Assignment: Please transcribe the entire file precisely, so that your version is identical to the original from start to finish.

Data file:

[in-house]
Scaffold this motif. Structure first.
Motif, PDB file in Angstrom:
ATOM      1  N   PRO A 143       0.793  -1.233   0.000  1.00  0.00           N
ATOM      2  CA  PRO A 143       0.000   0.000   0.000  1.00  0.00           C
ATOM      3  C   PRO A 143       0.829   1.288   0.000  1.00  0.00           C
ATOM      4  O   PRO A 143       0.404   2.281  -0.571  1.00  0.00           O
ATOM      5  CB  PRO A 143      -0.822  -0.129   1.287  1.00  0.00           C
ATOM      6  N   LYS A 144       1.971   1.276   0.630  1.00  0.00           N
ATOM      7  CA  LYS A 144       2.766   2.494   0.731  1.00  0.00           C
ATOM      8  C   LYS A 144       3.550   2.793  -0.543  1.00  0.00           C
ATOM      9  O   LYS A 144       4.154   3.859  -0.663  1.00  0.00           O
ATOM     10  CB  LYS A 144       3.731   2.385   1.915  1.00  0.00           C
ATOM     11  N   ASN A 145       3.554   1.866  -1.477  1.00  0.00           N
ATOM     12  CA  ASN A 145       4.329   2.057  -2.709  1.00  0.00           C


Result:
[in-house]
Scaffold this motif. Structure first.
Motif, PDB file in Angstrom:
ATOM      1  N   PRO A 143       0.793  -1.233   0.000  1.00  0.00           N
ATOM      2  CA  PRO A 143       0.000   0.000   0.000  1.00  0.00           C
ATOM      3  C   PRO A 143       0.829   1.288   0.000  1.00  0.00           C
ATOM      4  O   PRO A 143       0.404   2.281  -0.571  1.00  0.00           O
ATOM      5  CB  PRO A 143      -0.822  -0.129   1.287  1.00  0.00           C
ATOM      6  N   LYS A 144       1.971   1.276   0.630  1.00  0.00           N
ATOM      7  CA  LYS A 144       2.766   2.494   0.731  1.00  0.00           C
ATOM      8  C   LYS A 144       3.550   2.793  -0.543  1.00  0.00           C
ATOM      9  O   LYS A 144       4.154   3.859  -0.663  1.00  0.00           O
ATOM     10  CB  LYS A 144       3.731   2.385   1.915  1.00  0.00           C
ATOM     11  N   ASN A 145       3.554   1.866  -1.477  1.00  0.00           N
ATOM     12  CA  ASN A 145       4.329   2.057  -2.709  1.00  0.00           C